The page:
The aortic injection of adenoviral-microsphere complexes is a useful technique for in vivo gene transfer (transduction) to the glomerulus. In this approach, the appearance of the foreign transprotein in the glomerulus may result from glomerular cell gene transfer and local synthesis or hepatic cell transduction followed by synthesis, secretion, and deposition in the glomerulus. We postulated that glomerular expression of the foreign transgene was the result of glomerular cell transduction. To test this question, male SD rats underwent aortic injections with adenovirus containing the LacZ expression cassette [expressing β-galactosidase (βgal)] coupled to 16 μm diameter microspheres. After 48 hours, histologic staining confirmed glomerular expression of the βgal transprotein and reverse transcription in situ polymerase chain reaction demonstrated the presence of the βgal transgene in the glomerulus. In addition, hepatic expression of the βgal transprotein was minimal and substantially less than that observed in the glomeruli. These data support the contention that adenoviral-microsphere complexes result in glomerular cell transduction with the desired transgene, followed by local transprotein synthesis. This approach may prove useful for facilitating glomerular gene transfer in the development of gene therapy for glomerulonephritis.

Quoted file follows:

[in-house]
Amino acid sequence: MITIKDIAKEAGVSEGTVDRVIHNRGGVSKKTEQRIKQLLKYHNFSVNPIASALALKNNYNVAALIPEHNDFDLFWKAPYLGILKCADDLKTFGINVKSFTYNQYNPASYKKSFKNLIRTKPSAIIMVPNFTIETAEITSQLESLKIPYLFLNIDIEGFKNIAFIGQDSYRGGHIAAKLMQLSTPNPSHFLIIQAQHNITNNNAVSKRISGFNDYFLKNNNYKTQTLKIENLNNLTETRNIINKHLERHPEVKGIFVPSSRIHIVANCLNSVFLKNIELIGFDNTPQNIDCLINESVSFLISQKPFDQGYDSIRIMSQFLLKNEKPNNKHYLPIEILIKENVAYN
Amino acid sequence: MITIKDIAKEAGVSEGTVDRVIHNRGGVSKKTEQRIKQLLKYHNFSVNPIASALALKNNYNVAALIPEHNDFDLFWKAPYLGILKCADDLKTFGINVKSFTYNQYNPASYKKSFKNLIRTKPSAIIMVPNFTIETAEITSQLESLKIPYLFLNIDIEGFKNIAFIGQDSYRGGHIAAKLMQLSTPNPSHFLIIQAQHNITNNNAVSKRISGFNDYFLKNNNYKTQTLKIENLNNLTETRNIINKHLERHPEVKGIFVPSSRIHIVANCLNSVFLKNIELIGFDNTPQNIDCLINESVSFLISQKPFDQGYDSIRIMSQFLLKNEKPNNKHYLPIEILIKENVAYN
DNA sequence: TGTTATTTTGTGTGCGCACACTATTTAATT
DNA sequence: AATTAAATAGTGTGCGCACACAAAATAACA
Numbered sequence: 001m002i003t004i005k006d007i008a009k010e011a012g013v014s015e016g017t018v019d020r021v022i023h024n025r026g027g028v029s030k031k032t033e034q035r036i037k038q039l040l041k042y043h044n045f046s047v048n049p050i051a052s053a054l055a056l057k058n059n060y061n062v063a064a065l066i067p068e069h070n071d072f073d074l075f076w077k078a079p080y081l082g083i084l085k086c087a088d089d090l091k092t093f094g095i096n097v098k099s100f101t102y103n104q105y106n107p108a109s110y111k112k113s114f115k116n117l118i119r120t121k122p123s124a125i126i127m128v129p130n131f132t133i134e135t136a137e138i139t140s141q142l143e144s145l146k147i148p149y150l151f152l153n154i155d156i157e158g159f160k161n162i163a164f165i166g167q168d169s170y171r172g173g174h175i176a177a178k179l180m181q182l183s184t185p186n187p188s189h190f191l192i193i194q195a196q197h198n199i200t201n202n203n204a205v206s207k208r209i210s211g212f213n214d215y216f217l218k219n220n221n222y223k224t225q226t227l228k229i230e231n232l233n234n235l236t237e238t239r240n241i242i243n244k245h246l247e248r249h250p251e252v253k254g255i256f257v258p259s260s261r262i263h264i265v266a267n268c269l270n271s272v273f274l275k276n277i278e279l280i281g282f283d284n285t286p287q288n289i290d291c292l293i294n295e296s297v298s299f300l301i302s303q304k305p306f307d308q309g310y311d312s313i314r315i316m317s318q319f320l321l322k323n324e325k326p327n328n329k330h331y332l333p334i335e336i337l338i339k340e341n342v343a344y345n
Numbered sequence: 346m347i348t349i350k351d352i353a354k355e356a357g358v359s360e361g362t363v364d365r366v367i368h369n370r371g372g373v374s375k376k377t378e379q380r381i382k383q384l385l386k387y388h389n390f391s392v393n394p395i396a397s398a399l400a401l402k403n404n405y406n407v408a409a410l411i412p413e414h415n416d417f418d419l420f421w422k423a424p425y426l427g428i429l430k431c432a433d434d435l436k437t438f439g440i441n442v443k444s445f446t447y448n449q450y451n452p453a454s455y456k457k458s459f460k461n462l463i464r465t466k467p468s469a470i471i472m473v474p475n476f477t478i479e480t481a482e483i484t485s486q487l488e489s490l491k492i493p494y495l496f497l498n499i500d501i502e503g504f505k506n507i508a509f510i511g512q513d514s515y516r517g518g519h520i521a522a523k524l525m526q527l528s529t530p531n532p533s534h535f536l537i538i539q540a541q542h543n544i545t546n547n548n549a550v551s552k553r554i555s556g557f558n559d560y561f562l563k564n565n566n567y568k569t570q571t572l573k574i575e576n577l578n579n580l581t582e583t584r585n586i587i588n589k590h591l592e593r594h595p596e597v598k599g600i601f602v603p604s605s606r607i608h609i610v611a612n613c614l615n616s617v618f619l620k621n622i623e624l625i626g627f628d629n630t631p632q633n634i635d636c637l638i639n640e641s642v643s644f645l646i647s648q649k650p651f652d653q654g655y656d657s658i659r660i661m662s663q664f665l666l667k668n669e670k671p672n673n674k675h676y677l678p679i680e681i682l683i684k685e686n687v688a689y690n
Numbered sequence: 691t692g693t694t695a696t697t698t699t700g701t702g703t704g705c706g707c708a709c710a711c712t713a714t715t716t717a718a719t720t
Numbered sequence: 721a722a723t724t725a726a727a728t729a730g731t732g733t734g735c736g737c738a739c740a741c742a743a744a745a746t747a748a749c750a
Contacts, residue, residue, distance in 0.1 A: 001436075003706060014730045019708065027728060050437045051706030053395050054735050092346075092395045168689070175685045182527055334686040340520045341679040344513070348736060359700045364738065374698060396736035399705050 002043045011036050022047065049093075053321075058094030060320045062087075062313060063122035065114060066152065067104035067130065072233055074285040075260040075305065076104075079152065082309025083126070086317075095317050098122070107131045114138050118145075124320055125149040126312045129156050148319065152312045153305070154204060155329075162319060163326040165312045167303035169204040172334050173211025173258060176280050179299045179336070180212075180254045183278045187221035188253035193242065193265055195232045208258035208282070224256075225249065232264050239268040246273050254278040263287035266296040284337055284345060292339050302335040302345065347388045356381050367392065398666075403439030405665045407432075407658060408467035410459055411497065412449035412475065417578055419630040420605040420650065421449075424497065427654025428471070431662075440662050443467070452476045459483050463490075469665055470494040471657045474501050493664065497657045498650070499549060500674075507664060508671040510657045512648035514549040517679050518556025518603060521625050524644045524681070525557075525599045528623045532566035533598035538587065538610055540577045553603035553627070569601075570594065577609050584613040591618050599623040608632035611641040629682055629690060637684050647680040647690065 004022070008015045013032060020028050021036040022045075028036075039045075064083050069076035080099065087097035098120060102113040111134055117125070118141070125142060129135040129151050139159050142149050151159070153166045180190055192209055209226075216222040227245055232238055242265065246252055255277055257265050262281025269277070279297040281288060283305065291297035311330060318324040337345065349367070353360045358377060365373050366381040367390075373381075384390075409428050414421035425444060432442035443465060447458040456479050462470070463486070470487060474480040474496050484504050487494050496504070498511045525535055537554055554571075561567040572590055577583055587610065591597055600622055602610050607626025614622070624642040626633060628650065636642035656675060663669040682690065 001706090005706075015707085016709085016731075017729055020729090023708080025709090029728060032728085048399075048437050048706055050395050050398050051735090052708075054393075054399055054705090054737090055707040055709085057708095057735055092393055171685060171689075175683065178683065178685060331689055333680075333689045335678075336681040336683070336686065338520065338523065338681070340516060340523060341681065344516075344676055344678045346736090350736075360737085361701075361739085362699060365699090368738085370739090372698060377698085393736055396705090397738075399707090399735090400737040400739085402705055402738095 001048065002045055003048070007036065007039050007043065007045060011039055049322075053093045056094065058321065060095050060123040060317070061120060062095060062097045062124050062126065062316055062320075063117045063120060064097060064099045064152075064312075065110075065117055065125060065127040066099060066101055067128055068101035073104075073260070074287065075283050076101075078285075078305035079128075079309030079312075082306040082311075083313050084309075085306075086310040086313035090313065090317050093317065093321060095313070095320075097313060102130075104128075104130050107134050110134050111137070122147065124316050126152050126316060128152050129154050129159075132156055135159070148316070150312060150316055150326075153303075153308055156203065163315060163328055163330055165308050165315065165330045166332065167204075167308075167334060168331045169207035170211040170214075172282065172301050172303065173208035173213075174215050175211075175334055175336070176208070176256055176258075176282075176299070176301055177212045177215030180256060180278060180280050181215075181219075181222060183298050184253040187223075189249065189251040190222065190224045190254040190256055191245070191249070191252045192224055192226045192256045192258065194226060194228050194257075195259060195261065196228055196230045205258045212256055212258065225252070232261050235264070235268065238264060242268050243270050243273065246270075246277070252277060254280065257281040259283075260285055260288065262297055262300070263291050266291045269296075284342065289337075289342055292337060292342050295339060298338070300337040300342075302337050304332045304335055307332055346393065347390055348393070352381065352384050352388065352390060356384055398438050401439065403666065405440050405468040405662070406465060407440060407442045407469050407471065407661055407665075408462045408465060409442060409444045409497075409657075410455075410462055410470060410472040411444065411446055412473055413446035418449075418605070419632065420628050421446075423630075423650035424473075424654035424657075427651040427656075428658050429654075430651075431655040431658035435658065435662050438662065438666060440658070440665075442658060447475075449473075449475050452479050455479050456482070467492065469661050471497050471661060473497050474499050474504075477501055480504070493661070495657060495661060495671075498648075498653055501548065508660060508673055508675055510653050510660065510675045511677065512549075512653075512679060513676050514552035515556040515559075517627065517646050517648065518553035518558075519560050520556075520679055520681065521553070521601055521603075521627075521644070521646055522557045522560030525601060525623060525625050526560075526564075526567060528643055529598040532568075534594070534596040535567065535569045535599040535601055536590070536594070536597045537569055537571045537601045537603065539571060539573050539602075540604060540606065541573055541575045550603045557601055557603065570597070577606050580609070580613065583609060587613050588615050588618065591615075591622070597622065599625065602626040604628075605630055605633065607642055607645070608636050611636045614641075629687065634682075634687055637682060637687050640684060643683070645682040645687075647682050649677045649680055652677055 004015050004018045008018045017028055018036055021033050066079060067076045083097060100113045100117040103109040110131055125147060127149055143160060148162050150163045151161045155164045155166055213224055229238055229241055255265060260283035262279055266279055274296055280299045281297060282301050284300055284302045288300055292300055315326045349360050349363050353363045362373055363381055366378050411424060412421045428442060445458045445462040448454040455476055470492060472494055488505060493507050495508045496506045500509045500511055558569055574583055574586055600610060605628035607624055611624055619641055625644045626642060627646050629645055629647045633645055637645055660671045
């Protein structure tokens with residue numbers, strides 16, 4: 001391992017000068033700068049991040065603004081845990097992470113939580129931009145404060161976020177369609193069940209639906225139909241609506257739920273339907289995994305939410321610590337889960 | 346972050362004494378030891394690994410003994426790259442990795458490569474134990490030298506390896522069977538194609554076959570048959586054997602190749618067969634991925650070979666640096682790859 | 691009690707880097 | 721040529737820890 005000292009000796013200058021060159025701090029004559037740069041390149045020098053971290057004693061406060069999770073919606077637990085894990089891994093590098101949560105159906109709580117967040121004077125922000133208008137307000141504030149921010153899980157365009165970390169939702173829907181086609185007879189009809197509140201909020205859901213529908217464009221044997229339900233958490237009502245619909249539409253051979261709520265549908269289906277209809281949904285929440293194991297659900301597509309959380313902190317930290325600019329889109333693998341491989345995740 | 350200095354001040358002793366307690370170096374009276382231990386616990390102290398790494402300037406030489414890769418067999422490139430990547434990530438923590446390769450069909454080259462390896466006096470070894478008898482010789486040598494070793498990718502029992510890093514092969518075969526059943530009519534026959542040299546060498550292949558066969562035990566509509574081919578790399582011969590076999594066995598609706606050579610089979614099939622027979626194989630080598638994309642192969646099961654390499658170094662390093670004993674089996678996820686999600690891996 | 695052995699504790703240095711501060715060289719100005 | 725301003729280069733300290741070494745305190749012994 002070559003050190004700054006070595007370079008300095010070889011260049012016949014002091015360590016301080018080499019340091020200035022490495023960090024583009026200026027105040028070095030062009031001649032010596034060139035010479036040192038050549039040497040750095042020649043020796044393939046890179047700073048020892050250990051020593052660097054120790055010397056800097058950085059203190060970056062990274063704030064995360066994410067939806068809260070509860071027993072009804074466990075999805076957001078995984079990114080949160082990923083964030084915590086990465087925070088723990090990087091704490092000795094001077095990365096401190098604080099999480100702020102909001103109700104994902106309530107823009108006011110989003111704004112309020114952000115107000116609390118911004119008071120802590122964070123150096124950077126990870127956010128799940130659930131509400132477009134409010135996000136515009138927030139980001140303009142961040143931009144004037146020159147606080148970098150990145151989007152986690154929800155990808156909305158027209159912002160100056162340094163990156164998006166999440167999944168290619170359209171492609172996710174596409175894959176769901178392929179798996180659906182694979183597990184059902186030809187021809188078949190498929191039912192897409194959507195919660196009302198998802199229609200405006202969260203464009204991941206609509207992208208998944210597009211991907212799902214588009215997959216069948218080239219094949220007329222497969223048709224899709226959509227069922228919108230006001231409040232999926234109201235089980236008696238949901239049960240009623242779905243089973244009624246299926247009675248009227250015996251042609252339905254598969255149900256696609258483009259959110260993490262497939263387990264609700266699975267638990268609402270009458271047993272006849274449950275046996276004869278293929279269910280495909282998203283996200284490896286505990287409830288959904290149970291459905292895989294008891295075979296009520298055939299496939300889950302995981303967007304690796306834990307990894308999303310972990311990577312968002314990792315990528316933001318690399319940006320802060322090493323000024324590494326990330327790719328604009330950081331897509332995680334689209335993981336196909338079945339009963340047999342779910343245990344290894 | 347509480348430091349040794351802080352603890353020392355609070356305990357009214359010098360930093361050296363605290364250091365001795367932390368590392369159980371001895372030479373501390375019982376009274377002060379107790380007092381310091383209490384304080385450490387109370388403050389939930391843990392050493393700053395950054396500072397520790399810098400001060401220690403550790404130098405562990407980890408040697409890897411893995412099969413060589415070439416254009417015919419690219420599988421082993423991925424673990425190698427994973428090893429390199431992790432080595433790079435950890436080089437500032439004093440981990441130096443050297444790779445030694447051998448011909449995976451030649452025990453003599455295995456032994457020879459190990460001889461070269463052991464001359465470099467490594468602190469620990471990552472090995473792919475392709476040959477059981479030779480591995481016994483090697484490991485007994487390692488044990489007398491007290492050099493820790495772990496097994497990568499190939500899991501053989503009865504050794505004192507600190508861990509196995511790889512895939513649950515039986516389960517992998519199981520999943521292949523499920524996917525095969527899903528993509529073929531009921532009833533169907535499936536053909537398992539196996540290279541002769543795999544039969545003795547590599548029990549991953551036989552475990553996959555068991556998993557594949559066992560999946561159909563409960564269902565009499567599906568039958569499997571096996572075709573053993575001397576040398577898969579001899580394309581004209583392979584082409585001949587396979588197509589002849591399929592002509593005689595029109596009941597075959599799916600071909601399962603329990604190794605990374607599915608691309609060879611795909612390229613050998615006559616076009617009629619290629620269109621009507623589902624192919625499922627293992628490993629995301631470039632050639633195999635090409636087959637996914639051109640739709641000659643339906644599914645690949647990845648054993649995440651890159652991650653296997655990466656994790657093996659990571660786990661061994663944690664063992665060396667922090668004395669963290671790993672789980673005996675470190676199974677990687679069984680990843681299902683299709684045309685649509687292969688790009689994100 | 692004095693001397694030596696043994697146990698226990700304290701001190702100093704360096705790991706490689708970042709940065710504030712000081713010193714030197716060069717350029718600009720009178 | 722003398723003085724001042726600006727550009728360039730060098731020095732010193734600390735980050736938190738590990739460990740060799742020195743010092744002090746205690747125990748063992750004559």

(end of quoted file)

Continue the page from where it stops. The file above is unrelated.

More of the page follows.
|Original language||English (US)|
|Issue number||SUPPL. 1|
|State||Published - Jan 1 2002|
- Gene therapy
- In situ PCR
ASJC Scopus subject areas